Landscape architect wants to help people with mental illness
Mikkel Hjort is a landscape architect and his postdoc examines how the design of the outdoor environment can help people with mental illnesses.
by Nanna Stærmose
All humans are affected by their physical surroundings. However, some people are affected so intensely that those surroundings become almost painful and unbearable.
“During my interviews with people suffering from schizophrenia, I’ve learned that some of them have sensory perceptions far and beyond what you and I experience,” says Mikkel Hjort, a landscape architect and postdoc at the Department of Psychology at the University of Southern Denmark.
Mikkel brings up the example himself because he was surprised by this new information, and because it was was very valuable to the postdoc project he is working on. Based on two patient groups at Psykiatrisk Center Ballerup, the project studies how the outdoor environment can help patients with their recovery. The term ‘recovery’ arose in the 1990s and covers the process a person with a mental illness goes through in order to learn to live with their condition and thereby find a new meaning in their life.
A person’s physical environment is part of this process, as humans are affected by their surroundings. The project hopes to provide more knowledge about the relationship between the physical environment and people with mental illnesses.
“The physical environment cannot cure people with a mental illness, but it can help the process of learning to live with an illness,” says Mikkel Hjort.
Room for contemplation and something to do
Mikkel Hjort has interviewed two patient groups. One group where most of the patients have schizophrenia and another group from an old-age psychiatry department. He is currently reviewing literature within the area to see what has already been written on the subject and what previous studies have learned.
“The field of landscape architecture and mental illness is not a field that has been heavily cultivated, so my hope is that I’ll be able to provide new knowledge to ensure that creating good outdoor areas for this group has an evidence-based foundation,” he says.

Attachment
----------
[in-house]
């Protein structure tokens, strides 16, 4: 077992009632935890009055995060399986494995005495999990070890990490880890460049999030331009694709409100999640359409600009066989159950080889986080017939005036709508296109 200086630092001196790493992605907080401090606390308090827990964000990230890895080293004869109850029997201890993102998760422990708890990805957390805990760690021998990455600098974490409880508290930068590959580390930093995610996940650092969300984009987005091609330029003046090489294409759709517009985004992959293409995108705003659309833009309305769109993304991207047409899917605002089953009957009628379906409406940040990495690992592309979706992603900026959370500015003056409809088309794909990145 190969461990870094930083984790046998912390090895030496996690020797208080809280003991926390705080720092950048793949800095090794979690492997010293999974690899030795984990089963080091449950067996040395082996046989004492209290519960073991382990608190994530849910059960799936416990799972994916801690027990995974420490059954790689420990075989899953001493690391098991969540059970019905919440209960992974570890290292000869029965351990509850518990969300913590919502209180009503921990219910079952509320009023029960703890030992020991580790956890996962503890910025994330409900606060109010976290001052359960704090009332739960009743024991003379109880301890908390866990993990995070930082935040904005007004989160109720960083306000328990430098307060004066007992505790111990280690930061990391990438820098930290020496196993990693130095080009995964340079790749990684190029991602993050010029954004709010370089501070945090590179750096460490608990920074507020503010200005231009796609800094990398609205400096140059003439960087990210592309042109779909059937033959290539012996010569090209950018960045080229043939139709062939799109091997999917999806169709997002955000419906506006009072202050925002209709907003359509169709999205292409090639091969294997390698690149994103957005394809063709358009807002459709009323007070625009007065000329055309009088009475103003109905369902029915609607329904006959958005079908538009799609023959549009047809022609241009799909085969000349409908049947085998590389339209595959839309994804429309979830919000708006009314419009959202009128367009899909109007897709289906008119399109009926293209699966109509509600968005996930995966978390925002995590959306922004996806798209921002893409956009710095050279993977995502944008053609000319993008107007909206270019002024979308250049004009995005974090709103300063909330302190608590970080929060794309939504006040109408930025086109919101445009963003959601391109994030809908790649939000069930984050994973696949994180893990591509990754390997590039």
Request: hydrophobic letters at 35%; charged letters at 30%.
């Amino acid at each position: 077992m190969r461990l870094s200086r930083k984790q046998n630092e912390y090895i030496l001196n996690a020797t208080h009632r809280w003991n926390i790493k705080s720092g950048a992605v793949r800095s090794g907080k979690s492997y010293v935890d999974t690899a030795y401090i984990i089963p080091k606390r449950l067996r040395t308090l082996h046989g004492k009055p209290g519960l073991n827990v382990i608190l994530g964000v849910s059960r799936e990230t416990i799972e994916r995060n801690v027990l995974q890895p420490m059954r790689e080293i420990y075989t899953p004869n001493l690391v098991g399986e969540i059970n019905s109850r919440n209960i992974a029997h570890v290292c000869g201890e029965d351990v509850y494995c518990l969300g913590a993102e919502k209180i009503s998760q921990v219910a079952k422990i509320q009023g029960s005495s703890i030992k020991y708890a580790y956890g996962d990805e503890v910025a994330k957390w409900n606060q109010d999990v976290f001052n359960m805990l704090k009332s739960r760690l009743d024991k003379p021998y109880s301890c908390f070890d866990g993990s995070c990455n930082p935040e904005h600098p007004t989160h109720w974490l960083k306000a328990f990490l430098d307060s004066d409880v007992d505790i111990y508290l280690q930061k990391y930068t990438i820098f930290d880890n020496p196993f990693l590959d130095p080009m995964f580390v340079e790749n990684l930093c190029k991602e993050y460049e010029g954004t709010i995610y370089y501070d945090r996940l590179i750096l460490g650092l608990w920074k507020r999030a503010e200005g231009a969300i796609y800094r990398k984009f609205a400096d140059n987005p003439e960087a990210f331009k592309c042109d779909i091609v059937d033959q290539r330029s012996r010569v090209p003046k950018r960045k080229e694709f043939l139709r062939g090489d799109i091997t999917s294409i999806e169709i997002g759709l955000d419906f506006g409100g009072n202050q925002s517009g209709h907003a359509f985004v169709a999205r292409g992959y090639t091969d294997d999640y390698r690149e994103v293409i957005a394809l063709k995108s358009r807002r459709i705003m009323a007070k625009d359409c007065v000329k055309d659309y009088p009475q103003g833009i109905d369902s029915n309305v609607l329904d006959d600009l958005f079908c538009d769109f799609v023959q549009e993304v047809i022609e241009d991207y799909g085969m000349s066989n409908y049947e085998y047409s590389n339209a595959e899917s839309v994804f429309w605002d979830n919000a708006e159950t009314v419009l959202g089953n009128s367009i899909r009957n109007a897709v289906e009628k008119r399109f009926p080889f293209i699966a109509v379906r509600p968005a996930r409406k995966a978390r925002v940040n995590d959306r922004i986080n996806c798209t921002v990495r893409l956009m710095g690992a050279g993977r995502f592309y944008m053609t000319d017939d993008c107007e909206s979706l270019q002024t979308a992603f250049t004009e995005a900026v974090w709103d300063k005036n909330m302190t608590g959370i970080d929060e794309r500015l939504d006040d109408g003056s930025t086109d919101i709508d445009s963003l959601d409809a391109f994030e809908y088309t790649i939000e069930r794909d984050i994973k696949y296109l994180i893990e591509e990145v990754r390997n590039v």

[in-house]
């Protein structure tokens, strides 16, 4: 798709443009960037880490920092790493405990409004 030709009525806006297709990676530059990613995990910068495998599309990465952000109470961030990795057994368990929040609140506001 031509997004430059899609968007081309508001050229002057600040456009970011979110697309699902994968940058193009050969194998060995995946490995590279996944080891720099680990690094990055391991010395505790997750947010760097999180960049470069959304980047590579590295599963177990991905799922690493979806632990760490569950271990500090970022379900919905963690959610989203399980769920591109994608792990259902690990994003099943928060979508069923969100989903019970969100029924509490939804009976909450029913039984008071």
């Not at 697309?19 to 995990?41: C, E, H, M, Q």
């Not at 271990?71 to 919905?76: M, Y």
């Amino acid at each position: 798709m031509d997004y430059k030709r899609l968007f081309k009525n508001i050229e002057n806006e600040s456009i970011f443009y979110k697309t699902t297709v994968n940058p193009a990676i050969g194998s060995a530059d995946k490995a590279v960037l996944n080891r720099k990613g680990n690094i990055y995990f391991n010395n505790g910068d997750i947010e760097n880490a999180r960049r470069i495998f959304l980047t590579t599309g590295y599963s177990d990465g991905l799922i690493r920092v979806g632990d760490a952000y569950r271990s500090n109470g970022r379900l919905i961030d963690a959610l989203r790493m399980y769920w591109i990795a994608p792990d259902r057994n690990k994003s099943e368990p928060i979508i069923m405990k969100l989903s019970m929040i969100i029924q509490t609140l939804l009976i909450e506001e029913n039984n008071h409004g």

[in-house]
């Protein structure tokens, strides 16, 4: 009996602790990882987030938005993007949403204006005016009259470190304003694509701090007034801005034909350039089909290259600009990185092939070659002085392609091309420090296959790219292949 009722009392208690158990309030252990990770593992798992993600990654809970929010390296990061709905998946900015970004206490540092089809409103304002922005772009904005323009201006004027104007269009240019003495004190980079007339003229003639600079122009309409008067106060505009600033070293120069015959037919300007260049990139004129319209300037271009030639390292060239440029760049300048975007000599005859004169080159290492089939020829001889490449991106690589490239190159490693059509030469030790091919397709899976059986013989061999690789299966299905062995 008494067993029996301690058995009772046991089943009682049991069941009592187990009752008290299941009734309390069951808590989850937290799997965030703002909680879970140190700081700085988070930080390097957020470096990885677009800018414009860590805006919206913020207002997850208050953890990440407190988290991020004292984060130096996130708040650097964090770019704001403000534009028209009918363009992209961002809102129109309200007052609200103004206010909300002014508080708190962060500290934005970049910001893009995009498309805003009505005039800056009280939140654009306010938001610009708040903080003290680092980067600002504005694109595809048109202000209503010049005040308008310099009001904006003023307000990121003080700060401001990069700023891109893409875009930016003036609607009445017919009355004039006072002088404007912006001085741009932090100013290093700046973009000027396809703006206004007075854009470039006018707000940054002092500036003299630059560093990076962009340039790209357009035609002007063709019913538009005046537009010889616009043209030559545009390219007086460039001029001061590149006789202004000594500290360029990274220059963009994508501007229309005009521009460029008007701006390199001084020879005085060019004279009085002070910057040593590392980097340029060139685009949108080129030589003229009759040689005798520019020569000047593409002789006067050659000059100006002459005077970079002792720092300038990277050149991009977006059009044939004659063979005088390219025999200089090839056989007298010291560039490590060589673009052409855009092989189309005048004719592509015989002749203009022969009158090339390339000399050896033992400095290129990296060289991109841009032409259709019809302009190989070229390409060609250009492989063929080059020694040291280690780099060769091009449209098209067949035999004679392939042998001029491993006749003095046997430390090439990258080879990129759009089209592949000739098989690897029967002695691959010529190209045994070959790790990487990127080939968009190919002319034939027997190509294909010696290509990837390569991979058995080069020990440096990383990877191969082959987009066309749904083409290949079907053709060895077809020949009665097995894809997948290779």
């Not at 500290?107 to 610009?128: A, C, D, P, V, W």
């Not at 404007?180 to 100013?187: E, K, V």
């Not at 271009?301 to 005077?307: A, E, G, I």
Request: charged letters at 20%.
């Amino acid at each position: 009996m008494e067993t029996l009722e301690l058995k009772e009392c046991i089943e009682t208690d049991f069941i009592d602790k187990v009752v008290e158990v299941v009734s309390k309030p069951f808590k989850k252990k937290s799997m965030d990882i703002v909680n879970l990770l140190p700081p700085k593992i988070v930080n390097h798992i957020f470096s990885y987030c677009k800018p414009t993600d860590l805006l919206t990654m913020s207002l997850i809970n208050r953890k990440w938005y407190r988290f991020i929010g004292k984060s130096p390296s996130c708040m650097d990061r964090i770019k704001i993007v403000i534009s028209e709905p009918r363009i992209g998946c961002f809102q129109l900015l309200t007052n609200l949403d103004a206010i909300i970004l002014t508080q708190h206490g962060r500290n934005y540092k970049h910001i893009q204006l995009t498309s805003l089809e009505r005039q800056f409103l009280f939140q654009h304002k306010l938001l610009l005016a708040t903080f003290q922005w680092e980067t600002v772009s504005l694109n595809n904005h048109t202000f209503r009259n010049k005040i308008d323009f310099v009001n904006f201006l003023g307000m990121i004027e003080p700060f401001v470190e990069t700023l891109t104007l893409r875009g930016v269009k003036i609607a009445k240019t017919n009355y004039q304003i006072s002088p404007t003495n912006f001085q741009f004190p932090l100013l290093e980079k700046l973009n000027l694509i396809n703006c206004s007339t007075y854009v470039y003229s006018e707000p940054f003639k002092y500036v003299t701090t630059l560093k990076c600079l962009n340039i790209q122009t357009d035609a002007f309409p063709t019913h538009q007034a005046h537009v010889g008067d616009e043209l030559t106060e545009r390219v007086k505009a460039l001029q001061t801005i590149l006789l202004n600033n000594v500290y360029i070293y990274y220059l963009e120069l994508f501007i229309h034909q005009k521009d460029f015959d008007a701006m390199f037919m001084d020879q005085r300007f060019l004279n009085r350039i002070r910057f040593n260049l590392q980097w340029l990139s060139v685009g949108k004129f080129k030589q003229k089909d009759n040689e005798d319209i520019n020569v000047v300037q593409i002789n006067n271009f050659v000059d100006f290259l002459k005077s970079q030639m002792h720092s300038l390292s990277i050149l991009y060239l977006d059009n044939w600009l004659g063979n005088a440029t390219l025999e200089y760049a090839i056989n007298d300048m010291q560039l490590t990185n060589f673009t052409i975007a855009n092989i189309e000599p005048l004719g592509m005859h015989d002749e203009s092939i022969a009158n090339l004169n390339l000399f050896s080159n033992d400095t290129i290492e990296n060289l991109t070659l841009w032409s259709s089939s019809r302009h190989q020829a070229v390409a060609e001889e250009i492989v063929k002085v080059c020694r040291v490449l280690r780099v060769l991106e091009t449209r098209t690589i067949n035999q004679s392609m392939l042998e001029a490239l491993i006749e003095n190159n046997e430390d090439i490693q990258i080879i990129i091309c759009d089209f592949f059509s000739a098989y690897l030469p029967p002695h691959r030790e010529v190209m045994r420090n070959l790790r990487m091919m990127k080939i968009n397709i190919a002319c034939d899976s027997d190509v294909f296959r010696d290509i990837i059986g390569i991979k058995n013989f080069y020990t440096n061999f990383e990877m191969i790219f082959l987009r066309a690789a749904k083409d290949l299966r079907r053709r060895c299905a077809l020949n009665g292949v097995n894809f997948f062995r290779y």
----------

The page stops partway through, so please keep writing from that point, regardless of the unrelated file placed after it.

It is too early to present any specific conclusions. Mikkel Hjort still needs to conduct interviews with the staff at the psychiatric center and he also has several workshops planned at which he will work with staff and patients to learn more about what could help and what won’t work. However, his interviews have already given him an idea about what some individuals want.
“Many mention space for immersion, a place where they can be alone or together with others, but which is designed to create a sense of harmony and serenity. Some from this group have trouble with mess and disorder. So, although we can work with wild nature and different plants, we still need to maintain a sense of order,” says Mikkel Hjort.
Other patients mentioned that they would like to get their hands dirty, either by gardening or by fixing things in a workshop.
“Perhaps some safe outdoor activities and doing things with other people might boost a person’s self-confidence and help them find meaning,” says Mikkel Hjort.
An important part of the project is involving users in the design process. This means Mikkel Hjort’s project aligns well with the concept of universal design, and he himself notes that, as an architect, he is aware that things can quickly become about what he thinks is a good solution, but this means losing valuable knowledge. Some members of the group with schizophrenia mentioned traffic noise as a problem:
“But just because traffic noise has an adverse effect doesn’t mean that we shouldn’t include sound in our work. Perhaps we just need to find good sounds, maybe the sound of walking through pebbles or the sound of trickling water,” says Mikkel Hjort.
The construction of two outdoor courtyards will take place in the spring of 2023, so they should be ready to use in the middle of April 2023. Mikkel Hjort hopes that he will be able to complete the evaluation interviews the following autumn.
“We can’t really draw any conclusions until then, but hopefully what we learn will help develop an evidence-based design for any future work on outdoor areas at psychiatric centres,” says Mikkel Hjort.